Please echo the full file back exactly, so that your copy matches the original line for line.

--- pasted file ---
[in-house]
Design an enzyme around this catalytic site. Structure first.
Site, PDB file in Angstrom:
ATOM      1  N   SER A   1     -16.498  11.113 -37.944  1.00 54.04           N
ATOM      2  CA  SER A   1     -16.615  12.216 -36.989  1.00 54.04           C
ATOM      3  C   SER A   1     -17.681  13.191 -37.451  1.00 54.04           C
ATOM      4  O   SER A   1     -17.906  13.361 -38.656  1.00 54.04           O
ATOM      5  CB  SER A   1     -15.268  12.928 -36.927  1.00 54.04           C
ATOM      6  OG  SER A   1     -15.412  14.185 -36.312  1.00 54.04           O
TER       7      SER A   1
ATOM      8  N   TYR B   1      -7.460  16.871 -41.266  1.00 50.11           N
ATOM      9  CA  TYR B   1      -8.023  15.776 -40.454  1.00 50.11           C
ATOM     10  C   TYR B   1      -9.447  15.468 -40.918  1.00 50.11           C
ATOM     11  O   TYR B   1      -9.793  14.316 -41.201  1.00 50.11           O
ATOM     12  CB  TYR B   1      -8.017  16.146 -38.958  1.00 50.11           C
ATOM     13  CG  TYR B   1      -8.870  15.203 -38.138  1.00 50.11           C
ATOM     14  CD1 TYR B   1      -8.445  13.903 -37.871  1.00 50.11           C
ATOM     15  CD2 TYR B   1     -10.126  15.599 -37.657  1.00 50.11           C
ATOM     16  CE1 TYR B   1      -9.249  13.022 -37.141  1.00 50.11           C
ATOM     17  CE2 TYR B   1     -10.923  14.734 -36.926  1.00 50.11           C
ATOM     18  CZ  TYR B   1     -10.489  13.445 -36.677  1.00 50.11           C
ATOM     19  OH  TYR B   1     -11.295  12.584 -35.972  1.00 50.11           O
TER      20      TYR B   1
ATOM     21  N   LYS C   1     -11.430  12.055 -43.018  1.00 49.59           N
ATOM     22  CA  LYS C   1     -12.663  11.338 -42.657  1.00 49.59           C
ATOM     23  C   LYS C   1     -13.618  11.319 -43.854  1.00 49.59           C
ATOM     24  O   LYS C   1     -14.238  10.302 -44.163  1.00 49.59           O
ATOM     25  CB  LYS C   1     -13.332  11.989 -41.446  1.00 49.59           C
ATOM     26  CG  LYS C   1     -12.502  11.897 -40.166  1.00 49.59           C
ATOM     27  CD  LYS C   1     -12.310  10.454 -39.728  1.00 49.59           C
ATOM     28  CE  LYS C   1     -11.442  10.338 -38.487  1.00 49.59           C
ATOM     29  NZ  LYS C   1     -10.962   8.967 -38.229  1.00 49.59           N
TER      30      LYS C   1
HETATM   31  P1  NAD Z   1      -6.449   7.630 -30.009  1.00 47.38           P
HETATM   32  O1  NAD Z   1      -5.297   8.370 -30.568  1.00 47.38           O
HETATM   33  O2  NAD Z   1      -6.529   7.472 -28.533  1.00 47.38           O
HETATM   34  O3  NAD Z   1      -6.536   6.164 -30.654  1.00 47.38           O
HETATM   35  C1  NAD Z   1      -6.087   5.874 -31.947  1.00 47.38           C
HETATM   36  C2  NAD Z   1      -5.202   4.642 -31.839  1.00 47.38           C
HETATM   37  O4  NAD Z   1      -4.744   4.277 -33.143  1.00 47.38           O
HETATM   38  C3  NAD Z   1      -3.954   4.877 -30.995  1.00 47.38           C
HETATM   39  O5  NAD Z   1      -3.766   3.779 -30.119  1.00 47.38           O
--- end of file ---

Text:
[in-house]
Design an enzyme around this catalytic site. Structure first.
Site, PDB file in Angstrom:
ATOM      1  N   SER A   1     -16.498  11.113 -37.944  1.00 54.04           N
ATOM      2  CA  SER A   1     -16.615  12.216 -36.989  1.00 54.04           C
ATOM      3  C   SER A   1     -17.681  13.191 -37.451  1.00 54.04           C
ATOM      4  O   SER A   1     -17.906  13.361 -38.656  1.00 54.04           O
ATOM      5  CB  SER A   1     -15.268  12.928 -36.927  1.00 54.04           C
ATOM      6  OG  SER A   1     -15.412  14.185 -36.312  1.00 54.04           O
TER       7      SER A   1
ATOM      8  N   TYR B   1      -7.460  16.871 -41.266  1.00 50.11           N
ATOM      9  CA  TYR B   1      -8.023  15.776 -40.454  1.00 50.11           C
ATOM     10  C   TYR B   1      -9.447  15.468 -40.918  1.00 50.11           C
ATOM     11  O   TYR B   1      -9.793  14.316 -41.201  1.00 50.11           O
ATOM     12  CB  TYR B   1      -8.017  16.146 -38.958  1.00 50.11           C
ATOM     13  CG  TYR B   1      -8.870  15.203 -38.138  1.00 50.11           C
ATOM     14  CD1 TYR B   1      -8.445  13.903 -37.871  1.00 50.11           C
ATOM     15  CD2 TYR B   1     -10.126  15.599 -37.657  1.00 50.11           C
ATOM     16  CE1 TYR B   1      -9.249  13.022 -37.141  1.00 50.11           C
ATOM     17  CE2 TYR B   1     -10.923  14.734 -36.926  1.00 50.11           C
ATOM     18  CZ  TYR B   1     -10.489  13.445 -36.677  1.00 50.11           C
ATOM     19  OH  TYR B   1     -11.295  12.584 -35.972  1.00 50.11           O
TER      20      TYR B   1
ATOM     21  N   LYS C   1     -11.430  12.055 -43.018  1.00 49.59           N
ATOM     22  CA  LYS C   1     -12.663  11.338 -42.657  1.00 49.59           C
ATOM     23  C   LYS C   1     -13.618  11.319 -43.854  1.00 49.59           C
ATOM     24  O   LYS C   1     -14.238  10.302 -44.163  1.00 49.59           O
ATOM     25  CB  LYS C   1     -13.332  11.989 -41.446  1.00 49.59           C
ATOM     26  CG  LYS C   1     -12.502  11.897 -40.166  1.00 49.59           C
ATOM     27  CD  LYS C   1     -12.310  10.454 -39.728  1.00 49.59           C
ATOM     28  CE  LYS C   1     -11.442  10.338 -38.487  1.00 49.59           C
ATOM     29  NZ  LYS C   1     -10.962   8.967 -38.229  1.00 49.59           N
TER      30      LYS C   1
HETATM   31  P1  NAD Z   1      -6.449   7.630 -30.009  1.00 47.38           P
HETATM   32  O1  NAD Z   1      -5.297   8.370 -30.568  1.00 47.38           O
HETATM   33  O2  NAD Z   1      -6.529   7.472 -28.533  1.00 47.38           O
HETATM   34  O3  NAD Z   1      -6.536   6.164 -30.654  1.00 47.38           O
HETATM   35  C1  NAD Z   1      -6.087   5.874 -31.947  1.00 47.38           C
HETATM   36  C2  NAD Z   1      -5.202   4.642 -31.839  1.00 47.38           C
HETATM   37  O4  NAD Z   1      -4.744   4.277 -33.143  1.00 47.38           O
HETATM   38  C3  NAD Z   1      -3.954   4.877 -30.995  1.00 47.38           C
HETATM   39  O5  NAD Z   1      -3.766   3.779 -30.119  1.00 47.38           O